Avian Flu: Emergency in France

01 Jan 1970

Avian flu is back, this time on duck farms in southwest France. It’s been spreading since the end of November 2016, affecting over 300 sites, mostly in the Landes region, which is the country’s largest producer of foie gras, accounting for a quarter the national total.

In the region affected by the H5N8 virus, a pre-emptive cull of the duck population has been carried out, with 400,000 animals killed. Landes and Gers are the most heavily affected areas, but the cull is widening week after week, involving other French départements
too (Pyrénées-Atlantiques, Hautes-Pyrénées and Haute-Garonne).

It’s difficult to establish with certainty if the virus was introduced by wild animals (the area is transited by migratory birds) and then spread by farm staff (via clothes, shoes or vehicles). Some of the ducklings raised in southwest France come from Eastern Europe (above all Romania, where they cost much less than in France) and are transported to France without being able to eat or drink during the journey.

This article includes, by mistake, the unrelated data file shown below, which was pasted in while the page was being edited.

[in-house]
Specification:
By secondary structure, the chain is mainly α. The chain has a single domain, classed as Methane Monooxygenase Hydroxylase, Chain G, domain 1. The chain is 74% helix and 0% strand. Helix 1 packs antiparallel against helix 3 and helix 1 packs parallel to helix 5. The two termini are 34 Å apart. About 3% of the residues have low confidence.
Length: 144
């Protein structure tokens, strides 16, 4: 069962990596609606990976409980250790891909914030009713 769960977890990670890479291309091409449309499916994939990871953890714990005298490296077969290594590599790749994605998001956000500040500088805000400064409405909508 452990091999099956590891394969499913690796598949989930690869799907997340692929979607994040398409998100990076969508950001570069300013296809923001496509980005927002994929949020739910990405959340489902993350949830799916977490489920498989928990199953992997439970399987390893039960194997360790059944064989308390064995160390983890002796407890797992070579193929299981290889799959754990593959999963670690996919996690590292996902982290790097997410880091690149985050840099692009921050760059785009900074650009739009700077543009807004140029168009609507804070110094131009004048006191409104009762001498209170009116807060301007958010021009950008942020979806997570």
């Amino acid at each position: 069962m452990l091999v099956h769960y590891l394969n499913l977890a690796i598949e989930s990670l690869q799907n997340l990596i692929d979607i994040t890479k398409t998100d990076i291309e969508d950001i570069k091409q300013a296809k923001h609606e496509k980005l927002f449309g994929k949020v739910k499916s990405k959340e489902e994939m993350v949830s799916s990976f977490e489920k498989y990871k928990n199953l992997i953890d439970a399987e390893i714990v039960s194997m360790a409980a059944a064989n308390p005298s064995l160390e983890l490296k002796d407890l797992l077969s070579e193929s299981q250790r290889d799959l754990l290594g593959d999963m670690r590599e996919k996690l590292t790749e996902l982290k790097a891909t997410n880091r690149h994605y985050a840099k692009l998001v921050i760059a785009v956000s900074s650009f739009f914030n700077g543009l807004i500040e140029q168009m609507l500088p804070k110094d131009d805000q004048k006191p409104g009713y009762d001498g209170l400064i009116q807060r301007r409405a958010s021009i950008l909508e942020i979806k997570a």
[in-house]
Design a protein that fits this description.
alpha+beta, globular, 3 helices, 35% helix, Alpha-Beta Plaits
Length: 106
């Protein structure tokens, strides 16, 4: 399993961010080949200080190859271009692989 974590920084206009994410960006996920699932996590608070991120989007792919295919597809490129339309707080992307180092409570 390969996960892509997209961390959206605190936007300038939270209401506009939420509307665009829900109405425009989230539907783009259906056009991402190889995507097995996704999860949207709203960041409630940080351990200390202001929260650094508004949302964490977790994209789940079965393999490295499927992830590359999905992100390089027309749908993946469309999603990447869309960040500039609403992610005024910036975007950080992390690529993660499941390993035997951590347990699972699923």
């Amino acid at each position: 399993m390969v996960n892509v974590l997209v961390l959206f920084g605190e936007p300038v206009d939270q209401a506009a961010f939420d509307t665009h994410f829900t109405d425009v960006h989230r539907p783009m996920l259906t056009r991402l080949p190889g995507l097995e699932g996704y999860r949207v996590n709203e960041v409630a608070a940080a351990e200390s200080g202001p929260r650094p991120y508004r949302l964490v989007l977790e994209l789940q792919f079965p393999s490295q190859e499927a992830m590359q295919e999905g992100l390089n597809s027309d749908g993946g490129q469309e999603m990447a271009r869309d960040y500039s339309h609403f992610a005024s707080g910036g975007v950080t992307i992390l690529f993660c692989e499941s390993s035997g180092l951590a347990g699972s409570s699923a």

The division of the supply chain for foie gras only makes matters worse. The ducks pass from one hyper-specialized establishment to another during their short lives: from breeding farms to hatcheries to chick farms, then outdoor farms where they grow, the specialist force-feeding farms, the abattoirs and finally the processing facilities. Each step happens in a different place, requiring the continuous transportation of the animals, often across long disances.

This is already an industry which must be condemned from an ethical point of view, considering the conditions in which the ducks are raised even before they are force-fed, and now also on health grounds.

Images: Reuters

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